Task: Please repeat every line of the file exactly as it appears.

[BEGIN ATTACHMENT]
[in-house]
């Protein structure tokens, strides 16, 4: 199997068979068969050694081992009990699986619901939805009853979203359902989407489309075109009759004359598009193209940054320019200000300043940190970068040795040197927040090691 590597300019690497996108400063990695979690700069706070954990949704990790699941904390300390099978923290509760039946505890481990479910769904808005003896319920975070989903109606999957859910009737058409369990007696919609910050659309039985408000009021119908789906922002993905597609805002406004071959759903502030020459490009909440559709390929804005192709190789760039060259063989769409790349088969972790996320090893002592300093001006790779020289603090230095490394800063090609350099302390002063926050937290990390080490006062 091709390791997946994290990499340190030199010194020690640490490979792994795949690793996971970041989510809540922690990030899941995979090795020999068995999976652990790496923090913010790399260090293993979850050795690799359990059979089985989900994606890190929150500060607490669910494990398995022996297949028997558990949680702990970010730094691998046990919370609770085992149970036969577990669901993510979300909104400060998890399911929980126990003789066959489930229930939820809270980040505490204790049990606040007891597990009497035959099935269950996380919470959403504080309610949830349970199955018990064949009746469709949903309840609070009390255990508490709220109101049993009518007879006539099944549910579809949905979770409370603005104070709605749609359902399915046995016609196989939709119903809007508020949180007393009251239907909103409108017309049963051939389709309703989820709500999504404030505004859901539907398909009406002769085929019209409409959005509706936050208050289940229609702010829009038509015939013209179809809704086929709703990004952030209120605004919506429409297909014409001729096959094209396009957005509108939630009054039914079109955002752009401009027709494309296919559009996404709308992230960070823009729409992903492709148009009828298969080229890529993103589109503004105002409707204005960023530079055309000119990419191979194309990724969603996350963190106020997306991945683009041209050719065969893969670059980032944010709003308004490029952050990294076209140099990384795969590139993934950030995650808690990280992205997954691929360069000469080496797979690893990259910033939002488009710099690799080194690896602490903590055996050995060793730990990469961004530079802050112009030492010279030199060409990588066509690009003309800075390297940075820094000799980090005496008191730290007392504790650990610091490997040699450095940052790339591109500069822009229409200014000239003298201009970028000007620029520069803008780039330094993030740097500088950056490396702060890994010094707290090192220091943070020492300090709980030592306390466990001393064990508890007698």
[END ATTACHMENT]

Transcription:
[in-house]
């Protein structure tokens, strides 16, 4: 199997068979068969050694081992009990699986619901939805009853979203359902989407489309075109009759004359598009193209940054320019200000300043940190970068040795040197927040090691 590597300019690497996108400063990695979690700069706070954990949704990790699941904390300390099978923290509760039946505890481990479910769904808005003896319920975070989903109606999957859910009737058409369990007696919609910050659309039985408000009021119908789906922002993905597609805002406004071959759903502030020459490009909440559709390929804005192709190789760039060259063989769409790349088969972790996320090893002592300093001006790779020289603090230095490394800063090609350099302390002063926050937290990390080490006062 091709390791997946994290990499340190030199010194020690640490490979792994795949690793996971970041989510809540922690990030899941995979090795020999068995999976652990790496923090913010790399260090293993979850050795690799359990059979089985989900994606890190929150500060607490669910494990398995022996297949028997558990949680702990970010730094691998046990919370609770085992149970036969577990669901993510979300909104400060998890399911929980126990003789066959489930229930939820809270980040505490204790049990606040007891597990009497035959099935269950996380919470959403504080309610949830349970199955018990064949009746469709949903309840609070009390255990508490709220109101049993009518007879006539099944549910579809949905979770409370603005104070709605749609359902399915046995016609196989939709119903809007508020949180007393009251239907909103409108017309049963051939389709309703989820709500999504404030505004859901539907398909009406002769085929019209409409959005509706936050208050289940229609702010829009038509015939013209179809809704086929709703990004952030209120605004919506429409297909014409001729096959094209396009957005509108939630009054039914079109955002752009401009027709494309296919559009996404709308992230960070823009729409992903492709148009009828298969080229890529993103589109503004105002409707204005960023530079055309000119990419191979194309990724969603996350963190106020997306991945683009041209050719065969893969670059980032944010709003308004490029952050990294076209140099990384795969590139993934950030995650808690990280992205997954691929360069000469080496797979690893990259910033939002488009710099690799080194690896602490903590055996050995060793730990990469961004530079802050112009030492010279030199060409990588066509690009003309800075390297940075820094000799980090005496008191730290007392504790650990610091490997040699450095940052790339591109500069822009229409200014000239003298201009970028000007620029520069803008780039330094993030740097500088950056490396702060890994010094707290090192220091943070020492300090709980030592306390466990001393064990508890007698």